Who assisted James Monroe in the writing of the Monroe doctrine?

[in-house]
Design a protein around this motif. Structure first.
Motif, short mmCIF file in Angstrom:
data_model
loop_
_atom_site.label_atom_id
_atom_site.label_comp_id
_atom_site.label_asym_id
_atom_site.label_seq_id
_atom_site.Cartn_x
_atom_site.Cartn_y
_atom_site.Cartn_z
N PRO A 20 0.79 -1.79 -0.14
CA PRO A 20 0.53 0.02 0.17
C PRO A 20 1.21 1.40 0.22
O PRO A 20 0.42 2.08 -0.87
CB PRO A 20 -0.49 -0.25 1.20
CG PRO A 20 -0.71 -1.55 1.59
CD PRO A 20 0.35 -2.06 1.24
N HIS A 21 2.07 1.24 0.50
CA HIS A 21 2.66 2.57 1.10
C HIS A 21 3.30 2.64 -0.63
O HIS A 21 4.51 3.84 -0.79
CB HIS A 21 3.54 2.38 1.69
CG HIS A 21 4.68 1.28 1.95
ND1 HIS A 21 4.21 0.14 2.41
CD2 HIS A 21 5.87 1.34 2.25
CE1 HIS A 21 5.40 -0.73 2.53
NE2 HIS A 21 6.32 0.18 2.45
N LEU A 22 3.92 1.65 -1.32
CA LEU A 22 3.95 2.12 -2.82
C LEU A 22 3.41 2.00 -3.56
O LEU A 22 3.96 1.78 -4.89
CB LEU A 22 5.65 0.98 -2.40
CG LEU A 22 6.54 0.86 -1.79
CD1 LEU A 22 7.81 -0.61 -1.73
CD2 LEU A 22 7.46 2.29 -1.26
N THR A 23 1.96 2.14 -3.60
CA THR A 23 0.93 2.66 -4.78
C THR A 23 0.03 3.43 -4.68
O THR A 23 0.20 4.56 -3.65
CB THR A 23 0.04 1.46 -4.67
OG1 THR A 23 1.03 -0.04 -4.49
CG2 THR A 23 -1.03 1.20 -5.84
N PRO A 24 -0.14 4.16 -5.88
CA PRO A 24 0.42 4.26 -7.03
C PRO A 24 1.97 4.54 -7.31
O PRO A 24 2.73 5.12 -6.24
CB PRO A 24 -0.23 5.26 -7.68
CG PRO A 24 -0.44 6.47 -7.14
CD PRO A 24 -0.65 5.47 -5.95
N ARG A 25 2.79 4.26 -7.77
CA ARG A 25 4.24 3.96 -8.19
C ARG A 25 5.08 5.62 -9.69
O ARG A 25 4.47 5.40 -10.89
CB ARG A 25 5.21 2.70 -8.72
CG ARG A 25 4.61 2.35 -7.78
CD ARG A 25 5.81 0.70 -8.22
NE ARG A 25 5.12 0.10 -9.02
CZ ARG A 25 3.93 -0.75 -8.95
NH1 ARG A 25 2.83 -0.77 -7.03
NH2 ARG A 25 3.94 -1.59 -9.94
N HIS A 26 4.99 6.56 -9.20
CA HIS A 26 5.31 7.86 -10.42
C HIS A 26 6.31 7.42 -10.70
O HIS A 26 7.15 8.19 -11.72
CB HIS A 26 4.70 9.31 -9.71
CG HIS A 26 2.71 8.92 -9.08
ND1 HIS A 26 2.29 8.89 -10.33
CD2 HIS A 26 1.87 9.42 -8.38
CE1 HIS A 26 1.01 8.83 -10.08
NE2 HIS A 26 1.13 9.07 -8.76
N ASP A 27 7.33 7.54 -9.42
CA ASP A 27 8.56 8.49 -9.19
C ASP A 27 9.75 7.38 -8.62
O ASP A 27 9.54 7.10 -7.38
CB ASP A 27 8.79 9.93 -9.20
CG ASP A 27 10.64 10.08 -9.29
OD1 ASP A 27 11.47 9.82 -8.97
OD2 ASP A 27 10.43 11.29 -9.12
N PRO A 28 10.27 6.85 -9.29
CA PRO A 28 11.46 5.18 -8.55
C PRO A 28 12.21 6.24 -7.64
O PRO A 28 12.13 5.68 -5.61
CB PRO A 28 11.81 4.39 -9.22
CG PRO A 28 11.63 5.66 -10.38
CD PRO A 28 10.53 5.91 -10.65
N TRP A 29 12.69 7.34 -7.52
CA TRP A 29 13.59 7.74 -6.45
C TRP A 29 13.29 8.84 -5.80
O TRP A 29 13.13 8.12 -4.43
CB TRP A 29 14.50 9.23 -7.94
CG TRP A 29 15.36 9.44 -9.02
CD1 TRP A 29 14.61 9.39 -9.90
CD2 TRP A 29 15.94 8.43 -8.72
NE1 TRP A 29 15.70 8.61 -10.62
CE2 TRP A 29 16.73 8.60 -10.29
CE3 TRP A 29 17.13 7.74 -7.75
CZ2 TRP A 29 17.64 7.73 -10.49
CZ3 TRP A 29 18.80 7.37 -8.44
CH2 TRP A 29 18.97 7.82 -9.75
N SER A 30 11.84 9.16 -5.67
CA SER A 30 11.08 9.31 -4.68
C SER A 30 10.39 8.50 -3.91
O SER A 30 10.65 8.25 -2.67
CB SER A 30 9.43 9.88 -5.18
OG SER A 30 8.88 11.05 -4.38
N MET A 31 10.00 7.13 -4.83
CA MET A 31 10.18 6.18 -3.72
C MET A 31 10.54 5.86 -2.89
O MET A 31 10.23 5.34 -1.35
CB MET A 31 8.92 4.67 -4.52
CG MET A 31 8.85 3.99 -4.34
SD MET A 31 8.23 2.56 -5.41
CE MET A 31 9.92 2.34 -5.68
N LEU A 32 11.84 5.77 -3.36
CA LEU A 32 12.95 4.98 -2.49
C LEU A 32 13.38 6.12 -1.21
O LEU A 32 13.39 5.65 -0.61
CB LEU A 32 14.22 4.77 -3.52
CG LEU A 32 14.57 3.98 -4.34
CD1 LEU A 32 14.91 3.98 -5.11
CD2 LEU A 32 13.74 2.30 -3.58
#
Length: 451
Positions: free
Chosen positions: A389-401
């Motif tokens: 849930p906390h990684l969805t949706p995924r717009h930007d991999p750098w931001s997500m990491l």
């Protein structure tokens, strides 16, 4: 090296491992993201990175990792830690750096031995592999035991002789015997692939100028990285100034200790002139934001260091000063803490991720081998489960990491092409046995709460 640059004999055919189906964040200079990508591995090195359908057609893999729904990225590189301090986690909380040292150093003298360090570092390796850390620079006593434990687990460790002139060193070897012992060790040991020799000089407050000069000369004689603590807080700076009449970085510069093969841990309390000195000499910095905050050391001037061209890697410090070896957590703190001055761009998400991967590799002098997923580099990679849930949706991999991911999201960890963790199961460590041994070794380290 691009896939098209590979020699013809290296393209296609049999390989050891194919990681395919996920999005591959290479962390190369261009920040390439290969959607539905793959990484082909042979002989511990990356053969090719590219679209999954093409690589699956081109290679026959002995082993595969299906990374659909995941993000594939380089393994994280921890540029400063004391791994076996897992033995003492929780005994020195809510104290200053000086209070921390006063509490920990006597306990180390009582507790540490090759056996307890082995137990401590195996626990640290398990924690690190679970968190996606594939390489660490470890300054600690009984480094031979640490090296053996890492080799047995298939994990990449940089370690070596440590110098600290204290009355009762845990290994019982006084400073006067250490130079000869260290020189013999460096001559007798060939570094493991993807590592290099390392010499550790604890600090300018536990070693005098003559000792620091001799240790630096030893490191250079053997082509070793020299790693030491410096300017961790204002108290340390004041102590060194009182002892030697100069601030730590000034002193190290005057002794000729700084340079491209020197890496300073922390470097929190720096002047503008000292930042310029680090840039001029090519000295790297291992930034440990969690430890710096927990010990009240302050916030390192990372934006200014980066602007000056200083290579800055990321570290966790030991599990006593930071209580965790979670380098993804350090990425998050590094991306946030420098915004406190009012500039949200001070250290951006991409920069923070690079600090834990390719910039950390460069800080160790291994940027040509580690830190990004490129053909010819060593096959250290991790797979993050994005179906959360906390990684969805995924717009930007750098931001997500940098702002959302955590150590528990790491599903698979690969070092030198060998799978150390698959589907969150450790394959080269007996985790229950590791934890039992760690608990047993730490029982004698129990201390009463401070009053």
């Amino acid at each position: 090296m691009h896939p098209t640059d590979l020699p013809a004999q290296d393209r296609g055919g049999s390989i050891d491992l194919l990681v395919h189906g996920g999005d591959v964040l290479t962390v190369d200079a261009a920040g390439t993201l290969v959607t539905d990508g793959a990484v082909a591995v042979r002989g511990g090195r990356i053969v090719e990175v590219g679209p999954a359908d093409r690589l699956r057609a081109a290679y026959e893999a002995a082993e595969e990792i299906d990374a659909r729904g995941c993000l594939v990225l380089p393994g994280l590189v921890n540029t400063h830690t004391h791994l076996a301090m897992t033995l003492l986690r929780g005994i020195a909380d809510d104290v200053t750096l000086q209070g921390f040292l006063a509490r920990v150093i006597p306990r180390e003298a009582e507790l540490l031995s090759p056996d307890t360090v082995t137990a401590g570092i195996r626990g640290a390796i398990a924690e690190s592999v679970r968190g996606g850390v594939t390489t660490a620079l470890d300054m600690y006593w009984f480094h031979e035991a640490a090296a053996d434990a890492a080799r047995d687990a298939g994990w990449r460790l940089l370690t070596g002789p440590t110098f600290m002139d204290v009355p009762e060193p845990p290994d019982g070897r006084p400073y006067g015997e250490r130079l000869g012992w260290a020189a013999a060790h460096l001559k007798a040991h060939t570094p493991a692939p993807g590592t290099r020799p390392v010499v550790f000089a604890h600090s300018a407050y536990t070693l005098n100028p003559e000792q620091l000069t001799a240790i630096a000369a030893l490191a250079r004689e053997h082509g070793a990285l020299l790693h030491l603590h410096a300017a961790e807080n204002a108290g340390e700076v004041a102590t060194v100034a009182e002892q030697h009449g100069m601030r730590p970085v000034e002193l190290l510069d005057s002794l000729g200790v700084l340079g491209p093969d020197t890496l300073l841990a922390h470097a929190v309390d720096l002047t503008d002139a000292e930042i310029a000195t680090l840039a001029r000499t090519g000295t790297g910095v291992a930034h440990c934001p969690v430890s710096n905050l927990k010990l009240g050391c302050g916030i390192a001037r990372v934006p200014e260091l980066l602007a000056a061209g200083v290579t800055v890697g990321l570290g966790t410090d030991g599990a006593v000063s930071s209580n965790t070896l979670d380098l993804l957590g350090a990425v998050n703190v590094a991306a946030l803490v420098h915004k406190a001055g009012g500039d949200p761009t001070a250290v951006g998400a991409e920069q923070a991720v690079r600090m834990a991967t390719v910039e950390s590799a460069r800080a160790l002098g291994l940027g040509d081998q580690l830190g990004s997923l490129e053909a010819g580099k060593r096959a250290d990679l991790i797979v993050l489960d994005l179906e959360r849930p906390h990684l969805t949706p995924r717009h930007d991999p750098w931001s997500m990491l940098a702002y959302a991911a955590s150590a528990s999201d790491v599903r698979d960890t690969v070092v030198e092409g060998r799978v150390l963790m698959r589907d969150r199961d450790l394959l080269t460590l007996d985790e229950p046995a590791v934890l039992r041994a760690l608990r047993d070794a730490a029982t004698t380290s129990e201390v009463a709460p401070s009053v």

Two things had been uppermost in the minds of Adams and Monroe. In 1821 the Russian czar had proclaimed that all the area north of the fifty-first parallel and extending one hundred miles into the Pacific would be off-limits to non-Russians. Adams had refused to accept this claim, and he told the Russian minister that the United States would defend the principle that the ‘American continents are no longer subjects of any new European colonial establishments.’More worrisome, however, was the situation in Central and South America. Revolutions against Spanish rule had been under way for some time, but it seemed possible that Spain and France might seek to reassert European rule in those regions. The British, meanwhile, were interested in ensuring the demise of Spanish colonialism, with all the trade restrictions that Spanish rule involved. British foreign secretary George Canning formally proposed, therefore, that London and Washington unite on a joint warning against intervention in Latin America. When the Monroe cabinet debated the idea, Adams opposed it, arguing that British interests dictated such a policy in any event, and that Canning’s proposal also called upon the two powers to renounce any intention of annexing such areas as Cuba and Texas. Why should the United States, he asked, appear as a cockboat trailing in the wake of a British man-of-war?In the decades following Monroe’s announcement, American policymakers did not invoke the doctrine against European powers despite their occasional military ‘interventions’ in Latin America. Monroe’s principal concern had been to make sure that European mercantilism not be reimposed on an area of increasing importance economically and ideologically to the United States. When, however, President John Tyler used the doctrine in 1842 to justify seizing Texas, a Venezuelan newspaper responded with what would become an increasingly bitter theme throughout Latin America: ‘Beware, brothers, the wolf approaches the lambs.’Secretary of State William H. Seward attempted a bizarre use of the doctrine in 1861 in hopes of avoiding the Civil War. The United States, said Seward, in order to divert attention from the impending crisis, should challenge supposed European interventions in the Western Hemisphere by launching a drive to liberate Cuba and end the last vestiges of colonialism in the Americas. President Lincoln turned down the idea.In the 1890s, the United States, once again by unilateral action, extended the doctrine to include the right to decide how a dispute between Venezuela and Great Britain over the boundaries of British Guiana should be settled. Secretary of State Richard Olney told the British, ‘Today the United States is practically sovereign on this continent and its fiat is law upon the subjects to which it confines its interposition…. its infinite resources combined with its isolated position render it master of the situation and practically invulnerable as against any or all other powers.’ The British, troubled by the rise of Germany and Japan, could only acquiesce in American pretensions. But Latin American nations protested the way in which Washington had chosen to ‘defend’ Venezuelan interests.